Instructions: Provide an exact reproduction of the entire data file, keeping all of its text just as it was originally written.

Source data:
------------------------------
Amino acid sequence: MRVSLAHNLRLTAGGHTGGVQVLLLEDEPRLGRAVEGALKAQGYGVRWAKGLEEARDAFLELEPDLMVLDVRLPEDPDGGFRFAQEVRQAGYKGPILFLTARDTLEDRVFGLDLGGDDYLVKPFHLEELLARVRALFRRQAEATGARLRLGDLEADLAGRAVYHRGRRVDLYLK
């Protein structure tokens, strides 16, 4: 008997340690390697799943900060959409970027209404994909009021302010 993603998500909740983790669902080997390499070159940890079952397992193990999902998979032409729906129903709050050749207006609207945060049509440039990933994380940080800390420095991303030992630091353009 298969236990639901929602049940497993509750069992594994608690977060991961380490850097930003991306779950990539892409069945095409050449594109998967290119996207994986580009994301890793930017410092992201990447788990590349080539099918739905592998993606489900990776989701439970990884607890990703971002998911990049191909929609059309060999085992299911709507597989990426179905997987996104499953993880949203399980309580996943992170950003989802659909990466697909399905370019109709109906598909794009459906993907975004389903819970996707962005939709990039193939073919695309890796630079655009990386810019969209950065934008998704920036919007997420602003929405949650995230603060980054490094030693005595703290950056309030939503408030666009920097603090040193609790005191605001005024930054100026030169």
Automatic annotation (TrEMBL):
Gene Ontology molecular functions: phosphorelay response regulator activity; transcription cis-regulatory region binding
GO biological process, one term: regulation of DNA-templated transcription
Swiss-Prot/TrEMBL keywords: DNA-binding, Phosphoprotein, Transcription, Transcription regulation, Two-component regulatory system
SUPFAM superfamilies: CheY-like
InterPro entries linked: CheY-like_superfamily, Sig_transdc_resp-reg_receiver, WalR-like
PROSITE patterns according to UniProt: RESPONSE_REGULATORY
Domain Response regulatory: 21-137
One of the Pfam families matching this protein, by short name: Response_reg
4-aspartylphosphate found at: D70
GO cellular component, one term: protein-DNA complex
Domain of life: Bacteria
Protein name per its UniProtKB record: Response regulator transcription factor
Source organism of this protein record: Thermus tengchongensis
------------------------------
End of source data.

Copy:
Amino acid sequence: MRVSLAHNLRLTAGGHTGGVQVLLLEDEPRLGRAVEGALKAQGYGVRWAKGLEEARDAFLELEPDLMVLDVRLPEDPDGGFRFAQEVRQAGYKGPILFLTARDTLEDRVFGLDLGGDDYLVKPFHLEELLARVRALFRRQAEATGARLRLGDLEADLAGRAVYHRGRRVDLYLK
């Protein structure tokens, strides 16, 4: 008997340690390697799943900060959409970027209404994909009021302010 993603998500909740983790669902080997390499070159940890079952397992193990999902998979032409729906129903709050050749207006609207945060049509440039990933994380940080800390420095991303030992630091353009 298969236990639901929602049940497993509750069992594994608690977060991961380490850097930003991306779950990539892409069945095409050449594109998967290119996207994986580009994301890793930017410092992201990447788990590349080539099918739905592998993606489900990776989701439970990884607890990703971002998911990049191909929609059309060999085992299911709507597989990426179905997987996104499953993880949203399980309580996943992170950003989802659909990466697909399905370019109709109906598909794009459906993907975004389903819970996707962005939709990039193939073919695309890796630079655009990386810019969209950065934008998704920036919007997420602003929405949650995230603060980054490094030693005595703290950056309030939503408030666009920097603090040193609790005191605001005024930054100026030169």
Automatic annotation (TrEMBL):
Gene Ontology molecular functions: phosphorelay response regulator activity; transcription cis-regulatory region binding
GO biological process, one term: regulation of DNA-templated transcription
Swiss-Prot/TrEMBL keywords: DNA-binding, Phosphoprotein, Transcription, Transcription regulation, Two-component regulatory system
SUPFAM superfamilies: CheY-like
InterPro entries linked: CheY-like_superfamily, Sig_transdc_resp-reg_receiver, WalR-like
PROSITE patterns according to UniProt: RESPONSE_REGULATORY
Domain Response regulatory: 21-137
One of the Pfam families matching this protein, by short name: Response_reg
4-aspartylphosphate found at: D70
GO cellular component, one term: protein-DNA complex
Domain of life: Bacteria
Protein name per its UniProtKB record: Response regulator transcription factor
Source organism of this protein record: Thermus tengchongensis